Five Qs: Jason Lee on Promoting STEMM for Today’s Youth

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The Detroit Area Pre-College Engineering Program today will honor five local professionals during the Third Annual Real McCoy Awards. Jason Lee, executive director of the organization, spoke with DBusiness Daily News about the importance of recognizing those who work in STEMM fields (science, technology, engineering, mathematics, and medicine) for today’s youth.

1. DDN: Would you say that tonight’s honorees wouldn’t normally receive recognition for their accomplishments?

JL: I think that’s true for the STEMM community in general. Those in these technical fields oftentimes are (so focused on their work) or just don’t have community connectivity around what their work is all about it. And it’s important that they be recognized. (Our organization) is working with 4,000 young people in southeast Michigan this year and the Real McCoy Awards is a way for us to connect these professionals to our young people.

2. DDN: How so?

JL: We want to provide a foundation for excellence in STEMM fields, so we work with people at a very early age to get them exposed to these areas as early as possible. Right now, we have programming that goes all of the way from Pre-K to 12th grade. And this may (prompt them) to say, “I can do this. I can see (honorees) Eric Hardy or Trachette Jackson, and I can be like them.”

3. DDN: How do you make career paths relevant to today’s young people?

JL: One of the things we do is work with the University of Detroit Mercy to provide educational programming for our fourth and fifth grade classes, which are very exciting. One is called forensic science. The kids are given a mystery, a who-done-it, kind of like Clue. But the clues that they have to acquire to solve the mystery are actually based off scientific principles. So they’re doing measurements, they’re looking at blood splatters. And at the end of the class, the kids get a chance to reveal who did it. And you can oftentimes hear cheering on the second floor (where they’re presenting), when the kids are finding out of they’re right or wrong.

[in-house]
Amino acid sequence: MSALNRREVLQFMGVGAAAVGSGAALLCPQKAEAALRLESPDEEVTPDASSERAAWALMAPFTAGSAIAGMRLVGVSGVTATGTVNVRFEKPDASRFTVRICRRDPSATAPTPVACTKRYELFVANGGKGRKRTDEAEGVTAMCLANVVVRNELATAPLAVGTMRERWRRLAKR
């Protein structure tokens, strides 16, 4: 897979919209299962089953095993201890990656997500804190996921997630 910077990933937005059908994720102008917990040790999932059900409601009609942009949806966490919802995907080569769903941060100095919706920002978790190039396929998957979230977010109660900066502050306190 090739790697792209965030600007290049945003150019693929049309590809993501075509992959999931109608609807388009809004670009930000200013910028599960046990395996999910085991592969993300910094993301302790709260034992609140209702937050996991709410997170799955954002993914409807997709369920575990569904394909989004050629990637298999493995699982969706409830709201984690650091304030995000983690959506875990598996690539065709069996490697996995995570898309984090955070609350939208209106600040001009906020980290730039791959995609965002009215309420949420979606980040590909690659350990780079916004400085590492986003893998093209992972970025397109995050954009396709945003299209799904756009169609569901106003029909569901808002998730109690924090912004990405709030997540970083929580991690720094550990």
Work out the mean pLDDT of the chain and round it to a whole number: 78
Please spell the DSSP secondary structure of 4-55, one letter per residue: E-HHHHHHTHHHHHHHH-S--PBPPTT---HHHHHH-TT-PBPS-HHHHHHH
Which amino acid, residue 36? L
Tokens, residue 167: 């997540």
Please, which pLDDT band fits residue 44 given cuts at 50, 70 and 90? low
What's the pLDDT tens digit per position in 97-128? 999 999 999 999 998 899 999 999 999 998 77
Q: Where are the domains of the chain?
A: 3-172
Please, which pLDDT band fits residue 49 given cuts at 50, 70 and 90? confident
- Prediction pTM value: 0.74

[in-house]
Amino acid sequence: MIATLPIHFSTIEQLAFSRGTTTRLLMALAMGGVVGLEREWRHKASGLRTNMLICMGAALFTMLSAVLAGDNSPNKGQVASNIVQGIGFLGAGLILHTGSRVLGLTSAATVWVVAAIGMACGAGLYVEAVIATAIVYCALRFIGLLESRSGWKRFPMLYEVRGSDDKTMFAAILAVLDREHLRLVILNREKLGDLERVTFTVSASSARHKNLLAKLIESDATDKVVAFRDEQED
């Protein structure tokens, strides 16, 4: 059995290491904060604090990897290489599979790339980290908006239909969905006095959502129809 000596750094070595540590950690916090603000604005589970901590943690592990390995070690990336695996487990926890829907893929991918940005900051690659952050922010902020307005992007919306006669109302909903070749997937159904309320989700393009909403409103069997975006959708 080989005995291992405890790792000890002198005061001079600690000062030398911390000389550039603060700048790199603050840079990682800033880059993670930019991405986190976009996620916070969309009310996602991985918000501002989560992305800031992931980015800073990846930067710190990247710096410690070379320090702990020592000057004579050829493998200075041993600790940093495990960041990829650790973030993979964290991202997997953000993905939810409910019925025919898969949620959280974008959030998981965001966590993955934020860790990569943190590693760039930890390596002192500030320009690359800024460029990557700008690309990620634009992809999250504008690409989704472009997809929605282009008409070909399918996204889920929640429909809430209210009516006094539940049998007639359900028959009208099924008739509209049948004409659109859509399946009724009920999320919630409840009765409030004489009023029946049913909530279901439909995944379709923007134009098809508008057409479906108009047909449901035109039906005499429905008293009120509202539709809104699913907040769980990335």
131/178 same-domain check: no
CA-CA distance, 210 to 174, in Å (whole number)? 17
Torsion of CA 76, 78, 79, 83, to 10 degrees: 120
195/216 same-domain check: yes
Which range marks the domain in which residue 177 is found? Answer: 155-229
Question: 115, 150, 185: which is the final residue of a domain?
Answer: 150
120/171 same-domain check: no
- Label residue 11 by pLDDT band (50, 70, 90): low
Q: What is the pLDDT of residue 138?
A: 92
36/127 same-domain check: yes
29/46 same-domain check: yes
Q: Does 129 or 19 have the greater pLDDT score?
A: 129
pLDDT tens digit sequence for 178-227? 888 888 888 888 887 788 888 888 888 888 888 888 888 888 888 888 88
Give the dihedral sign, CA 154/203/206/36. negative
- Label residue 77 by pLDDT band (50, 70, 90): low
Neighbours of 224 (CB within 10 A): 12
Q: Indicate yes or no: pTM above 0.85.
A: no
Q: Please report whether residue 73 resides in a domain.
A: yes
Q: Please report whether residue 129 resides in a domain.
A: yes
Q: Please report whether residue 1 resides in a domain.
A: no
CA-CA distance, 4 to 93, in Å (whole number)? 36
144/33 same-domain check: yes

4. DDN: What other new classes or programs do you offer?

JL: We’ve added quite a few to our Saturday program opportunities. We’re working with a group called Kidpreneur, which is teaching kids how to write computer code and (build apps), things of that nature. We also have a class with Blue Cross Blue Shield of Michigan, where we expose young people to the technical side of the (company’s) business practices. It’s interesting, because a lot of what they do is very mathematically based. And it’s also in the medical field, which is a very hot industry right now. These kinds of classes are about working to get kids excited about what’s happening today in the technology fields.

5. DDN: Do you collaborate with many businesses?

JL: Yes, because they realize you have to grow this talent locally. (For example), Dow Corning in Midland decided a few years ago that, considering there’s a shortage of technical professionals today, they wanted to engage young people and have them understand their business practices. So during our Saturday programming sessions, volunteers from Dow come down to Oakland University in Rochester and facilitated a class on behalf of our students. They’re exposing them to their chemical processes. And that’s huge — just giving the students that exposure is helping open eyes to what the STEMM world looks like. It brings it closer to home.

There are (many) jobs that have gone unfilled here in the state of Michigan, and many of them are associated with those STEMM fields. (Our program) is a portion of the solution to filling that (talent gap), but there’s much more we can do — and should do — for the state of Michigan. But we need that support and connectivity with the universities and the corporations and other agencies to make sure that work is being done in a large-scale manner. 

For more information about the Detroit Area Pre-College Engineering Program, or The Real McCoy Awards, visit dapcep.org.

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